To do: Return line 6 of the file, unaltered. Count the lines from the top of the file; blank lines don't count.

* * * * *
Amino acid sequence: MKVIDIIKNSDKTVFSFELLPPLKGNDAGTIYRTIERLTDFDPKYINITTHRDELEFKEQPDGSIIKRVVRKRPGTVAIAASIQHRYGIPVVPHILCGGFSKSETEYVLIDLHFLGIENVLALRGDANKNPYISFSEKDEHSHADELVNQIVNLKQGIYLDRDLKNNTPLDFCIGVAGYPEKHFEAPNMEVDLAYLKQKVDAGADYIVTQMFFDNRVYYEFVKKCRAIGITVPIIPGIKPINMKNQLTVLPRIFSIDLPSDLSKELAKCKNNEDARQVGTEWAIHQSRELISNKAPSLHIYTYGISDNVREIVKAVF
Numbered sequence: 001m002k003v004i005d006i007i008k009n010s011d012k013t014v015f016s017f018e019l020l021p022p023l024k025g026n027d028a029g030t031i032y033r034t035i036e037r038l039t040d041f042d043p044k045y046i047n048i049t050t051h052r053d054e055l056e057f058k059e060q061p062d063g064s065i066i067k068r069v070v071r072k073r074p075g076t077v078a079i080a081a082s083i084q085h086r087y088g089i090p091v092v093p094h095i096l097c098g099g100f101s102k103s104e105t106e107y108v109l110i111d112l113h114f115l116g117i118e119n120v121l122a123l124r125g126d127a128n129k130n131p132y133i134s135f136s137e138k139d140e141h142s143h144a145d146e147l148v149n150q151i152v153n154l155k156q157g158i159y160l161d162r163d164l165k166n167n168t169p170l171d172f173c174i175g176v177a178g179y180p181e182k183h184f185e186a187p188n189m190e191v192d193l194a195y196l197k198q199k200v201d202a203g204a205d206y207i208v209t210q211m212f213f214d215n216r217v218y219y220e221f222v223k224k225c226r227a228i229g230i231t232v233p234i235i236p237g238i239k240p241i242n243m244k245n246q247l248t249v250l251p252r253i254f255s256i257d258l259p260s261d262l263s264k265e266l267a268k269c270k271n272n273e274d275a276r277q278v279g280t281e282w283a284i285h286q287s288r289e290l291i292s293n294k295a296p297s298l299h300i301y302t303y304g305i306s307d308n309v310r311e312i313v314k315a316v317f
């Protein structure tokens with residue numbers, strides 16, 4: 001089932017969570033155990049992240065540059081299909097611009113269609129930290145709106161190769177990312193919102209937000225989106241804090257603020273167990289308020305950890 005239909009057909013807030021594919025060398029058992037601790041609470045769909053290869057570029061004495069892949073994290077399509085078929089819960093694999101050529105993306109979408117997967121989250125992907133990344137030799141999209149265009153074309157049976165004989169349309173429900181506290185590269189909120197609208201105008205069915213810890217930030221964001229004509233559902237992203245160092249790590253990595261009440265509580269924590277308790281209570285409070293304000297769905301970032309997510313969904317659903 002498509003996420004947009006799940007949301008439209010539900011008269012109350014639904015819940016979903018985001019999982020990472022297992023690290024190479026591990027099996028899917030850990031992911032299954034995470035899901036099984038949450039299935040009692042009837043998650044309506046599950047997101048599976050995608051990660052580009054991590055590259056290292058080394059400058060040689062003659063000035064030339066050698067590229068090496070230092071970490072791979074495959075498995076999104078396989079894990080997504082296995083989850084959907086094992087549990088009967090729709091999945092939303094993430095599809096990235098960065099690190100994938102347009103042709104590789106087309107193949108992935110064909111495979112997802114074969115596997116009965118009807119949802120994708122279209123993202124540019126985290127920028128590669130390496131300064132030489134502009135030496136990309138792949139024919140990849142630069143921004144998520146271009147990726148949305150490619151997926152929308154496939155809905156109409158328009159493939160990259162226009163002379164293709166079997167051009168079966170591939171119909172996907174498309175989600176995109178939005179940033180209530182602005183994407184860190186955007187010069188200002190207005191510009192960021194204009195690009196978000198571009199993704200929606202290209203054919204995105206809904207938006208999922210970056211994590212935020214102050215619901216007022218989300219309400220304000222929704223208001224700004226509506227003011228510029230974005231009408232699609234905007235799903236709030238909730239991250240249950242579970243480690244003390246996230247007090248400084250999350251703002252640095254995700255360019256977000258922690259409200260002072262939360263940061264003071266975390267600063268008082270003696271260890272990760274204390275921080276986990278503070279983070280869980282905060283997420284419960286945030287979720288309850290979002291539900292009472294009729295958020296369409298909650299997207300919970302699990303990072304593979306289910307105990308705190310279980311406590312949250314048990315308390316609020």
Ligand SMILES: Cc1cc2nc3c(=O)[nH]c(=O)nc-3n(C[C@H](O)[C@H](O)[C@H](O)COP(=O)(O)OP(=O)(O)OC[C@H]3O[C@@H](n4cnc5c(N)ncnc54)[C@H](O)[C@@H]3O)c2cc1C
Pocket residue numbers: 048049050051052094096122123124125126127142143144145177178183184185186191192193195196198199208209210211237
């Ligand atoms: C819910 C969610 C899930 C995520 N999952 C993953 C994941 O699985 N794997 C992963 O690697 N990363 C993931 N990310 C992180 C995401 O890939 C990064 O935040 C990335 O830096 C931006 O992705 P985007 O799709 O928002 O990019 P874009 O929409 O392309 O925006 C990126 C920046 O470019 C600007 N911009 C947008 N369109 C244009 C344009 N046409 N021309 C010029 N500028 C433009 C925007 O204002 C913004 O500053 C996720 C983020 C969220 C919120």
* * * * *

């Ligand atoms: C819910 C969610 C899930 C995520 N999952 C993953 C994941 O699985 N794997 C992963 O690697 N990363 C993931 N990310 C992180 C995401 O890939 C990064 O935040 C990335 O830096 C931006 O992705 P985007 O799709 O928002 O990019 P874009 O929409 O392309 O925006 C990126 C920046 O470019 C600007 N911009 C947008 N369109 C244009 C344009 N046409 N021309 C010029 N500028 C433009 C925007 O204002 C913004 O500053 C996720 C983020 C969220 C919120």